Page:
This is a great question. It almost seems obvious, and yet, I’ve never had this discussion before. I note Read/Write Web’s Richard MacManus had a discussion back in July about how open or closed Facebook is, and someone in the comments mentioned the lack of spam. And over on IT toolbox blog, Tom Olzak describes what he feels is spam: the feature many Facebook Application developers include in their applications that suggest you invite your friends to join in the app once you use it. Or, by design, you can’t use an app unless you get your friends into it. Bite any chumps, lately, zombie? Food fight anyone?

So, by his definition, the spam on Facebook is people sending you invitations to participate in applications, or in groups, for which you’re not really interested. I don’t do the Zombies, Vampires, Compare People or Top Friends apps. I don’t really have time to invest in those, and many seem a little too invasive. Quick story when someone sent me a “Compare People” request, the first question that came up was “who’s better looking?” – with a comparison of a Facebook friend and a picture of my wife, who had just walked into the room. “What’s that?” she asked. End of application. But I digress. Somehow, friends inviting me to try new toys doesn’t feel as much like spam or even Bacn as real email spam does.

Update: It occurs to me David Blumenstein had commented that because it was created for HS and College kids, Facebook would have to have protections in place to keep random email out, or it would die of its’ own weight. Also, he noted the protection of limiting invites for apps to 10 at a time really helps too.

It seems LinkedIn, which has almost no way to interact with other users except asking questions and seeing who knows whom to help you get a job, is now considering adding apps as well. As Saul Hansell (who was also at the dinner) writes in today’s NYTimes Bits, Dan Nye of LinkedIn

wants to keep these add-ons all business, unlike the unrestrained goofiness on Facebook, where programs let you turn your friends into vampires, draw graffiti on their pages, and challenge them to stimulating news quizzes.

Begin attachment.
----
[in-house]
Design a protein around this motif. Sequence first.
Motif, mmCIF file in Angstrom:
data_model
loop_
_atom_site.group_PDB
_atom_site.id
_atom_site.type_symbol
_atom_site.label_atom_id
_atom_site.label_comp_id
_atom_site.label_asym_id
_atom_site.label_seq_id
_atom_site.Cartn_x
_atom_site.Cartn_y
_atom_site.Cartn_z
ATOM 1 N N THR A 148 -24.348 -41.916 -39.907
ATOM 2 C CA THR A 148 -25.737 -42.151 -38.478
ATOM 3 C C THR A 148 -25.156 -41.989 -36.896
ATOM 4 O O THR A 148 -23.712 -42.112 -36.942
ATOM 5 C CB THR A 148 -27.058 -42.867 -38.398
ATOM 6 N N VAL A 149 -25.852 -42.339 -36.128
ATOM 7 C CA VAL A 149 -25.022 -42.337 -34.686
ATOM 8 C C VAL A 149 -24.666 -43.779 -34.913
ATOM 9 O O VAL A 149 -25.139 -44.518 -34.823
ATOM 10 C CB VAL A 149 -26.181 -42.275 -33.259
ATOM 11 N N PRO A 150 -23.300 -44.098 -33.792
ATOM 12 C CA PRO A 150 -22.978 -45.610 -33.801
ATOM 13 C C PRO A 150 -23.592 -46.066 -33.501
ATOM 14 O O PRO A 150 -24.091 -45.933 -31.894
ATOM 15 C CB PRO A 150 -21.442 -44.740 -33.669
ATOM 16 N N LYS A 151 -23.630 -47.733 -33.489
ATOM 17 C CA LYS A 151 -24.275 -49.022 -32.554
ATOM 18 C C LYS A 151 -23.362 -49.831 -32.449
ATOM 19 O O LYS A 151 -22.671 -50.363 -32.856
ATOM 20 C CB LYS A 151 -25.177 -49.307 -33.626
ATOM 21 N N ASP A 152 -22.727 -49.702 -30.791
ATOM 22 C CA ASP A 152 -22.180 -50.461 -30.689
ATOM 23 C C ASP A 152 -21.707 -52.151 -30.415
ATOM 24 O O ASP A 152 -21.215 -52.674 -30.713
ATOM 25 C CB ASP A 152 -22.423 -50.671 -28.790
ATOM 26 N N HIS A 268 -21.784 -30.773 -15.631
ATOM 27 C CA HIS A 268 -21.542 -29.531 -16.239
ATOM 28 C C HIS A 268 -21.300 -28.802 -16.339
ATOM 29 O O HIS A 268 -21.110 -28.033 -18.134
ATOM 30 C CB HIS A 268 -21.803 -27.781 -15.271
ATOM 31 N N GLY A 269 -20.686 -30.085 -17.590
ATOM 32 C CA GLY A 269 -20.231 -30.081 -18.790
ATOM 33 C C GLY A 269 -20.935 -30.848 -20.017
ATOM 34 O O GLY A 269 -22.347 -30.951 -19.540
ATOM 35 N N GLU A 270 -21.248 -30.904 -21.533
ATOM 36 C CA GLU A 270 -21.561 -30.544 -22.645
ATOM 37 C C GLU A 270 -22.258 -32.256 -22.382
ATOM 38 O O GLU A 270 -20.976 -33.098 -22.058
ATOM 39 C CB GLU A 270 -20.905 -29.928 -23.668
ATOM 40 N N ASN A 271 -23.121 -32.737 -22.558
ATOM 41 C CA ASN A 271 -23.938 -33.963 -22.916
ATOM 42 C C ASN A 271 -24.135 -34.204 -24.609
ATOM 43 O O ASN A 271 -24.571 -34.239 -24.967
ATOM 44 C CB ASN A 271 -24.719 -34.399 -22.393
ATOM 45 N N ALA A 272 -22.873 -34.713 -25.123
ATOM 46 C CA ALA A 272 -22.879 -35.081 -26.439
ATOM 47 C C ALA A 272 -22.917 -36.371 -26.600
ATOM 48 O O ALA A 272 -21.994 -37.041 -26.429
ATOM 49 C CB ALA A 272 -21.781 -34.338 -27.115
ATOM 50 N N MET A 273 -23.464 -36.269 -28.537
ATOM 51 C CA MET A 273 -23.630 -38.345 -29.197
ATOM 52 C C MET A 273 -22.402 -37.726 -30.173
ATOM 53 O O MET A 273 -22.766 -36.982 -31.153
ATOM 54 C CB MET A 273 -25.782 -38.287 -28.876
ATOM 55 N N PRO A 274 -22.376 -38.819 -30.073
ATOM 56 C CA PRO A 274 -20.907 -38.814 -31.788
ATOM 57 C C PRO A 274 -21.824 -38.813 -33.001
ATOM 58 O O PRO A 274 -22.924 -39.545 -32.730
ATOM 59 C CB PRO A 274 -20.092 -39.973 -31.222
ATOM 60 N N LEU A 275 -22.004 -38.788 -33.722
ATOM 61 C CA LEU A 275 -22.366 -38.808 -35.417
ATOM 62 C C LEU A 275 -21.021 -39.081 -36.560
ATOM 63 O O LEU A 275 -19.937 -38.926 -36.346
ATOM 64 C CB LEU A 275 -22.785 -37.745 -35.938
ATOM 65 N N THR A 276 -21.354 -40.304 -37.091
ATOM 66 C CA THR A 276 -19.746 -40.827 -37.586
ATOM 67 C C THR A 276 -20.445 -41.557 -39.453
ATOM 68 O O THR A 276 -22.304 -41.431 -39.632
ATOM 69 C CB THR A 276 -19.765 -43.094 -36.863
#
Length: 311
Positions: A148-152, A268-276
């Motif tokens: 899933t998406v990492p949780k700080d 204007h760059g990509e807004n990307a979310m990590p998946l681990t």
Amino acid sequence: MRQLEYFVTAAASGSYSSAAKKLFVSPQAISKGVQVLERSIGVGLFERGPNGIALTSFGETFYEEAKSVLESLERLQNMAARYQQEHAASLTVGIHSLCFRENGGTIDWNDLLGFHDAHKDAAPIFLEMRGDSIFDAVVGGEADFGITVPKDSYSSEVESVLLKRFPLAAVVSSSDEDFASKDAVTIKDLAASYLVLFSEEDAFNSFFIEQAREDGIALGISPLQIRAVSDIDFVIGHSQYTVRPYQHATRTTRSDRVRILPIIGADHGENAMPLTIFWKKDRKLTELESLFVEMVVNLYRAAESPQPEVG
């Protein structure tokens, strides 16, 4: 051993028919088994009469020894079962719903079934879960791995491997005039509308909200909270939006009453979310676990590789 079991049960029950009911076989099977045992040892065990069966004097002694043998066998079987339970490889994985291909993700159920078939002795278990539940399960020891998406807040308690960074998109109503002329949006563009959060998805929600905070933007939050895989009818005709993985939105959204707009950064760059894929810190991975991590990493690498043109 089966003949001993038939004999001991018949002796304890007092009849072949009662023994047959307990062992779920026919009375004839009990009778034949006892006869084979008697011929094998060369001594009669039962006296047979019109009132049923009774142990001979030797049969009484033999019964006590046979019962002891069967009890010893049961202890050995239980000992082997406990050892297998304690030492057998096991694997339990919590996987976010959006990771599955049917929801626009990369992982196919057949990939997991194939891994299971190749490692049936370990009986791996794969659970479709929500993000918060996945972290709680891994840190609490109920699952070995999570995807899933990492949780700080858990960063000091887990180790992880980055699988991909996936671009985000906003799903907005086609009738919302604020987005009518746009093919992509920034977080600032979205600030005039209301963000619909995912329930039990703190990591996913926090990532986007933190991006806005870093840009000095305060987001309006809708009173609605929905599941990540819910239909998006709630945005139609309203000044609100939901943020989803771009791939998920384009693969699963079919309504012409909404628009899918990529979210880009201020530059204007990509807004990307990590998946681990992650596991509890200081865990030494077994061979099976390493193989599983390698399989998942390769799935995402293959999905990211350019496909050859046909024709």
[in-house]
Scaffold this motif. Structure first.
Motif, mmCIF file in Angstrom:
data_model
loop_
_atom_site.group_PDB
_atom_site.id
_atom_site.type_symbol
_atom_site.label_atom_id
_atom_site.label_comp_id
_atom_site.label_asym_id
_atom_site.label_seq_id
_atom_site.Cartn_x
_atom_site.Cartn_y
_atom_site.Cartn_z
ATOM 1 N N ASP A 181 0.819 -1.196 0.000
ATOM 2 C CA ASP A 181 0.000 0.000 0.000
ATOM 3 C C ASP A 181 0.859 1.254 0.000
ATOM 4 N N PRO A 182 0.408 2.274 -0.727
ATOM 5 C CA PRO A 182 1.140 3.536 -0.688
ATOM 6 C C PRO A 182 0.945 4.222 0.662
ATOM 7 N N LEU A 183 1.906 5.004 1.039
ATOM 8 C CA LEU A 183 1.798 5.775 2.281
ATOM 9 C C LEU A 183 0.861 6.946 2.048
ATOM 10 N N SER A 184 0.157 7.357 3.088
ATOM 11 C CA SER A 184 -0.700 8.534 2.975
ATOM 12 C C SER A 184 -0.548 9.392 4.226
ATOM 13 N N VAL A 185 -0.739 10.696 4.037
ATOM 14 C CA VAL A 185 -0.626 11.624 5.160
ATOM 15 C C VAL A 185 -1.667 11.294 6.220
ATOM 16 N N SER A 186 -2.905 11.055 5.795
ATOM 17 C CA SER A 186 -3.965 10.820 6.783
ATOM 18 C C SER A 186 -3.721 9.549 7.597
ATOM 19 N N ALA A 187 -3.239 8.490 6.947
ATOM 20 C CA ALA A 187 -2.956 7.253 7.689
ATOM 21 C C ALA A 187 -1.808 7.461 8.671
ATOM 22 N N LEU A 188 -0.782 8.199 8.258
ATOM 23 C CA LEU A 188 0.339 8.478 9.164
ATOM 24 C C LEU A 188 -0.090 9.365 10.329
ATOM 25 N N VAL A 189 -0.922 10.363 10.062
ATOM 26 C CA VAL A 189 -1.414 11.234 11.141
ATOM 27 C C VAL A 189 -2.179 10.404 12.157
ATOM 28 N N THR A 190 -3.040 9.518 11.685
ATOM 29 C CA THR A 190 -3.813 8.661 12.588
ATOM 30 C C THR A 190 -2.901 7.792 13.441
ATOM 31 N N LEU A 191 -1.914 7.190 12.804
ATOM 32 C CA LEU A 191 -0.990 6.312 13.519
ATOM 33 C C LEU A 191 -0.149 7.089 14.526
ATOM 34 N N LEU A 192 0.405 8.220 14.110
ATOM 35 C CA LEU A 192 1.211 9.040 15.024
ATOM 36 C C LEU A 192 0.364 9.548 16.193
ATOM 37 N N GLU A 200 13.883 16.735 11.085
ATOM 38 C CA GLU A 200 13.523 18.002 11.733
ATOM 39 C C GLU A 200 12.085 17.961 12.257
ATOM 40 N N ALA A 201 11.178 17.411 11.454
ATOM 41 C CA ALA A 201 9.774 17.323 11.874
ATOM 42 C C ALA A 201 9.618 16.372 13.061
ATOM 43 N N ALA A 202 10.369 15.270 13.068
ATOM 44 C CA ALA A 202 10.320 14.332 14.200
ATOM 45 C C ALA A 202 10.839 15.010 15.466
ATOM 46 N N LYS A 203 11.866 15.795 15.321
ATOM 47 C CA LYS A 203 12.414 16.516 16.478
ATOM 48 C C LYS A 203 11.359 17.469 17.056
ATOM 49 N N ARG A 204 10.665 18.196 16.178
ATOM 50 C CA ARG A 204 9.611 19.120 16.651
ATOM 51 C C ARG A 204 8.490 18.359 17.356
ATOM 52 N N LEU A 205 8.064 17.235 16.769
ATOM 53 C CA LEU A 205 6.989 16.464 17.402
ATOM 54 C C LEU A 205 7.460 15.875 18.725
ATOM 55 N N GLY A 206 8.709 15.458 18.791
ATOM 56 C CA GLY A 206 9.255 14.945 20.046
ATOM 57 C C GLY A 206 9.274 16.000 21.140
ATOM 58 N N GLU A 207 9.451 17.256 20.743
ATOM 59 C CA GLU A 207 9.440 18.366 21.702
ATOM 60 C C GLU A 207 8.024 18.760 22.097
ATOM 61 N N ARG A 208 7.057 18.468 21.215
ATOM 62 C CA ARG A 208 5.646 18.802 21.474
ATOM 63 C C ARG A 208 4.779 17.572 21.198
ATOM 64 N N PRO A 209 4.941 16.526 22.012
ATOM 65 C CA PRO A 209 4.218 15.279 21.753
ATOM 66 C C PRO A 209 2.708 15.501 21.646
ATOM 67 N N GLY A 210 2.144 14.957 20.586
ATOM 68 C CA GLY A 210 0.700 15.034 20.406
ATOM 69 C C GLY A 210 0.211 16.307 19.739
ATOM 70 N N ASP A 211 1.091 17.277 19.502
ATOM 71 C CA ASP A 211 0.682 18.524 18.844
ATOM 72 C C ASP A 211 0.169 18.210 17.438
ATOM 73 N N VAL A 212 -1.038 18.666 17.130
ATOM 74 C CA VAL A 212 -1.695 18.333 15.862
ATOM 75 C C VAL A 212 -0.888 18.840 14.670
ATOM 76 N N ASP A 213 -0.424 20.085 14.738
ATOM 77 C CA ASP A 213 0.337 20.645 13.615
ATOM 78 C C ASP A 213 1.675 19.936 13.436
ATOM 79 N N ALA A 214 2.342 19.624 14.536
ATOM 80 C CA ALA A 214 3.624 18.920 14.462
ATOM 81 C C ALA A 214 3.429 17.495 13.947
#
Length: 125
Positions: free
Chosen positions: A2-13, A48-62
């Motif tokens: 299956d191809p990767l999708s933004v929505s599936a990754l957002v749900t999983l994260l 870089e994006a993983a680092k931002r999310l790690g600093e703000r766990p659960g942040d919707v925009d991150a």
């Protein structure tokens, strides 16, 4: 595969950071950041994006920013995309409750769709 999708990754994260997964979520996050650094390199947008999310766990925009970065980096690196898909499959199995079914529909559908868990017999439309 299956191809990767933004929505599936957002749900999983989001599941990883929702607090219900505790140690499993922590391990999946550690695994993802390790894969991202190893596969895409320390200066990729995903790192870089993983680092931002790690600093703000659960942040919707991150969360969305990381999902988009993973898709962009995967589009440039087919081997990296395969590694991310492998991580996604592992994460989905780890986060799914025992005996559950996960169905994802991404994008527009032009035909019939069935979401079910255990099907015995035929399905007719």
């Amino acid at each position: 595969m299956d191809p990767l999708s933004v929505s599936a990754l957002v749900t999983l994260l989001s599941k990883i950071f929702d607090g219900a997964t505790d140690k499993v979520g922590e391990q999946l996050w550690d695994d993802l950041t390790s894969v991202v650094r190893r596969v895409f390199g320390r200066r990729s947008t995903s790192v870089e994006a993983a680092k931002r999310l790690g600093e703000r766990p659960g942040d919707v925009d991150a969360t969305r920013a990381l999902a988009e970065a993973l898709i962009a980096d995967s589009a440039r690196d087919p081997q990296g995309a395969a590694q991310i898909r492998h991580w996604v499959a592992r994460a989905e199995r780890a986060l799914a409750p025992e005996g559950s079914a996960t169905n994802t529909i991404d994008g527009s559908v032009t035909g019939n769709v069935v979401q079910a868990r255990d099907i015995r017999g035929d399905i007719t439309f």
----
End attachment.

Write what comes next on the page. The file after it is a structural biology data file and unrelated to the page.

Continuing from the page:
They’re going to tightly control who can play in their sandbox, and, frankly, I think that’s a good move. As Facebook and LinkedIn become more and more useful, if they can manage to keep spam or Bacn down to a minimum, and really, truly enable interaction with friends, “friends” and business contacts, they will continue to gain value as replacements for the very broken email system that exists today.

Your friends have very little incentive to spam you. Invite you to play games, maybe, but unless you are closely connected to the body part enhancement community, low cost wrist time-piece community, or the African banking scam community, you may be safer communicating on Social Networks.

This is, of course, a first thought piece on this, late in the afternoon on Friday. Comment away and tell me if I’m missing something.

Bonus points: Plaxo should be the perfect social network, because my address book should be an exact match for my social network. What’s missing at Pulse? Are you using it?

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Doc is Mad as Hell, and He’s not going to take it anymore

Wow, Doc Searls is fired up about the potential Google phone, based on the Business Week story. Bweek talks about targeted ads popping up on your mobile as you go through the world, but based on your preferences and actual behaviors.

Doc’s take: He wants to tell advertisers what he wants, not be made into a profile:

Tools on my phone that let me tell sellers what I want, and on my terms
– and not just on theirs. Whether that’s a latte two exits up the
highway, next restaurant that serves seared ahi, or where I can buy an
original metal slinky…
I want to be able to notify the market of my shopping or buying
intentions without revealing who I am, unless it’s on mutually
agreed-upon terms….Quick, who wants their cell phone to be a “mini marketing machine”?

There’s more to read, and this is a great discussion about what Doc and others have been calling VRM, or Vendor Relationship Management – “the reciprocal of CRM or Customer Relationship Management. It provides customers with tools for engaging with vendors in ways that work for both parties.”

Worth checking out.

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If Supermarkets were Web 2.0 compliant

Excellent video, which might not be funny if you’re not part of the ‘in crowd’ for Web 2.0, but which appeals to my sense of humor. – Supermarket 2.0

(I tried to embed it but it is too wide….)